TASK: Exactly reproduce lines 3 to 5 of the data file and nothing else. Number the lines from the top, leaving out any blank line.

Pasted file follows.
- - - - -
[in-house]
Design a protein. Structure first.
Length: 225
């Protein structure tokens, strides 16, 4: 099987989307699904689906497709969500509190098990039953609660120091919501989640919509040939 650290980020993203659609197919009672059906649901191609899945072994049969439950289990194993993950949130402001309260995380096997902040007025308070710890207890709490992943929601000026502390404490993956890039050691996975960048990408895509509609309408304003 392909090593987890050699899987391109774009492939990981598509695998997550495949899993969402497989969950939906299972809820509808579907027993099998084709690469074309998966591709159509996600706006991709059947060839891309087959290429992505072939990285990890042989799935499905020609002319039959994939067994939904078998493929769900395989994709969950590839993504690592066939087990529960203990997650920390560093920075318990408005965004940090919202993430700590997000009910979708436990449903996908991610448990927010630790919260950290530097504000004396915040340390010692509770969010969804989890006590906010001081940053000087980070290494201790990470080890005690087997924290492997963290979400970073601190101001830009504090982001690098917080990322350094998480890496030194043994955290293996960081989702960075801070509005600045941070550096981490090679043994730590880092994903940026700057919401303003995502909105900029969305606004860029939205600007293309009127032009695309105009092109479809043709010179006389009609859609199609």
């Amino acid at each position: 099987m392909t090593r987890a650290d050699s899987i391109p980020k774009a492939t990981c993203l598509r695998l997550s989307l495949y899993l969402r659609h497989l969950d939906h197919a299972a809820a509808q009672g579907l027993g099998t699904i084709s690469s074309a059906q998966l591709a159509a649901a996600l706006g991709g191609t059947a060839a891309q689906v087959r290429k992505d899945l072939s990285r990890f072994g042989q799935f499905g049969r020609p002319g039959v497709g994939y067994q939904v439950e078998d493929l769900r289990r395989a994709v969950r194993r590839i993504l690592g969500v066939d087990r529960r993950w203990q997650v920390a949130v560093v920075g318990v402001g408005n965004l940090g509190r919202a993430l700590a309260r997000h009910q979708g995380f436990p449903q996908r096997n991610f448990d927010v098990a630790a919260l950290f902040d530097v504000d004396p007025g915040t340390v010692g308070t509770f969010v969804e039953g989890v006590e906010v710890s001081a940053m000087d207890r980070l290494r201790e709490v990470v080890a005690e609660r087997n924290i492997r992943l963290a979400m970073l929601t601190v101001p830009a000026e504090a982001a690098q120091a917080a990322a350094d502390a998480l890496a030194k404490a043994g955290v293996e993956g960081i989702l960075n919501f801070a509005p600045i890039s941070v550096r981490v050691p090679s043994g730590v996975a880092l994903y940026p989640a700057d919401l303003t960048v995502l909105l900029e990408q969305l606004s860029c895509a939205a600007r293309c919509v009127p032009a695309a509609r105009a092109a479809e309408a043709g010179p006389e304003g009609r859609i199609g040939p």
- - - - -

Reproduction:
Length: 225
């Protein structure tokens, strides 16, 4: 099987989307699904689906497709969500509190098990039953609660120091919501989640919509040939 650290980020993203659609197919009672059906649901191609899945072994049969439950289990194993993950949130402001309260995380096997902040007025308070710890207890709490992943929601000026502390404490993956890039050691996975960048990408895509509609309408304003 392909090593987890050699899987391109774009492939990981598509695998997550495949899993969402497989969950939906299972809820509808579907027993099998084709690469074309998966591709159509996600706006991709059947060839891309087959290429992505072939990285990890042989799935499905020609002319039959994939067994939904078998493929769900395989994709969950590839993504690592066939087990529960203990997650920390560093920075318990408005965004940090919202993430700590997000009910979708436990449903996908991610448990927010630790919260950290530097504000004396915040340390010692509770969010969804989890006590906010001081940053000087980070290494201790990470080890005690087997924290492997963290979400970073601190101001830009504090982001690098917080990322350094998480890496030194043994955290293996960081989702960075801070509005600045941070550096981490090679043994730590880092994903940026700057919401303003995502909105900029969305606004860029939205600007293309009127032009695309105009092109479809043709010179006389009609859609199609």
């Amino acid at each position: 099987m392909t090593r987890a650290d050699s899987i391109p980020k774009a492939t990981c993203l598509r695998l997550s989307l495949y899993l969402r659609h497989l969950d939906h197919a299972a809820a509808q009672g579907l027993g099998t699904i084709s690469s074309a059906q998966l591709a159509a649901a996600l706006g991709g191609t059947a060839a891309q689906v087959r290429k992505d899945l072939s990285r990890f072994g042989q799935f499905g049969r020609p002319g039959v497709g994939y067994q939904v439950e078998d493929l769900r289990r395989a994709v969950r194993r590839i993504l690592g969500v066939d087990r529960r993950w203990q997650v920390a949130v560093v920075g318990v402001g408005n965004l940090g509190r919202a993430l700590a309260r997000h009910q979708g995380f436990p449903q996908r096997n991610f448990d927010v098990a630790a919260l950290f902040d530097v504000d004396p007025g915040t340390v010692g308070t509770f969010v969804e039953g989890v006590e906010v710890s001081a940053m000087d207890r980070l290494r201790e709490v990470v080890a005690e609660r087997n924290i492997r992943l963290a979400m970073l929601t601190v101001p830009a000026e504090a982001a690098q120091a917080a990322a350094d502390a998480l890496a030194k404490a043994g955290v293996e993956g960081i989702l960075n919501f801070a509005p600045i890039s941070v550096r981490v050691p090679s043994g730590v996975a880092l994903y940026p989640a700057d919401l303003t960048v995502l909105l900029e990408q969305l606004s860029c895509a939205a600007r293309c919509v009127p032009a695309a509609r105009a092109a479809e309408a043709g010179p006389e304003g009609r859609i199609g040939p």